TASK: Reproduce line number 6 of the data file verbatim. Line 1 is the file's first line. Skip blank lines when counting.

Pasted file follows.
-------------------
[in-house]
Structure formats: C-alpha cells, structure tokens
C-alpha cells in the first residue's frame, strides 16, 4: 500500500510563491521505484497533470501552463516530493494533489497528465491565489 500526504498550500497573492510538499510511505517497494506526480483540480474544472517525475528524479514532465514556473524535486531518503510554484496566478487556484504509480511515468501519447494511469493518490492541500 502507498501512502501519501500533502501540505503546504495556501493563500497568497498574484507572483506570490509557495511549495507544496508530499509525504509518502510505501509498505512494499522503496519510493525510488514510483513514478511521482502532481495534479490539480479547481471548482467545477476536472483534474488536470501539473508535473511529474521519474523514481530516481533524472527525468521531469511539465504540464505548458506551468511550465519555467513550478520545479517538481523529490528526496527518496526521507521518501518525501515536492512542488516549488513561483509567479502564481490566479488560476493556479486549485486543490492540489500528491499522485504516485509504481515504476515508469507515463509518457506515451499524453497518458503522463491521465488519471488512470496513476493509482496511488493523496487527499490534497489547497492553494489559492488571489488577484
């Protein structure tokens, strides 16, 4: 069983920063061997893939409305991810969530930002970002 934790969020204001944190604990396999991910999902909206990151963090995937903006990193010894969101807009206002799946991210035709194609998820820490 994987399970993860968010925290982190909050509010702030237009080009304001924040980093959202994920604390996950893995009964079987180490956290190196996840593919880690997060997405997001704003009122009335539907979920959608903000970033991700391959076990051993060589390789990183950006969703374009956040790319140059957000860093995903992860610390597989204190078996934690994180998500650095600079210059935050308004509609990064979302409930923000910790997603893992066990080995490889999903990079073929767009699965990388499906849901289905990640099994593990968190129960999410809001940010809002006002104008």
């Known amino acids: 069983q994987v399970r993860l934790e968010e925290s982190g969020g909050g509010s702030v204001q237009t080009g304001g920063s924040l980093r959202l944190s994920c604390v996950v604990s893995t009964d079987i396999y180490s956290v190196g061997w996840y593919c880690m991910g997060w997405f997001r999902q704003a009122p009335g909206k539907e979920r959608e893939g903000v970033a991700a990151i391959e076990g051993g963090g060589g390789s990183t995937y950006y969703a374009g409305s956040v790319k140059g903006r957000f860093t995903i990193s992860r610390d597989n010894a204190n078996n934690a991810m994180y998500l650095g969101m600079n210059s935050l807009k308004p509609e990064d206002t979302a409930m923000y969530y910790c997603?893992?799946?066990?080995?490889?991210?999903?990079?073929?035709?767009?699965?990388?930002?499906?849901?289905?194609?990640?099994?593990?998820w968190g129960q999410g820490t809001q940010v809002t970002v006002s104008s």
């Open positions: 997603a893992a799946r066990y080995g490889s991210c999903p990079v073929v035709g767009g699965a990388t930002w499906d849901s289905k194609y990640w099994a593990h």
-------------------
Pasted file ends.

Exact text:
């Open positions: 997603a893992a799946r066990y080995g490889s991210c999903p990079v073929v035709g767009g699965a990388t930002w499906d849901s289905k194609y990640w099994a593990h």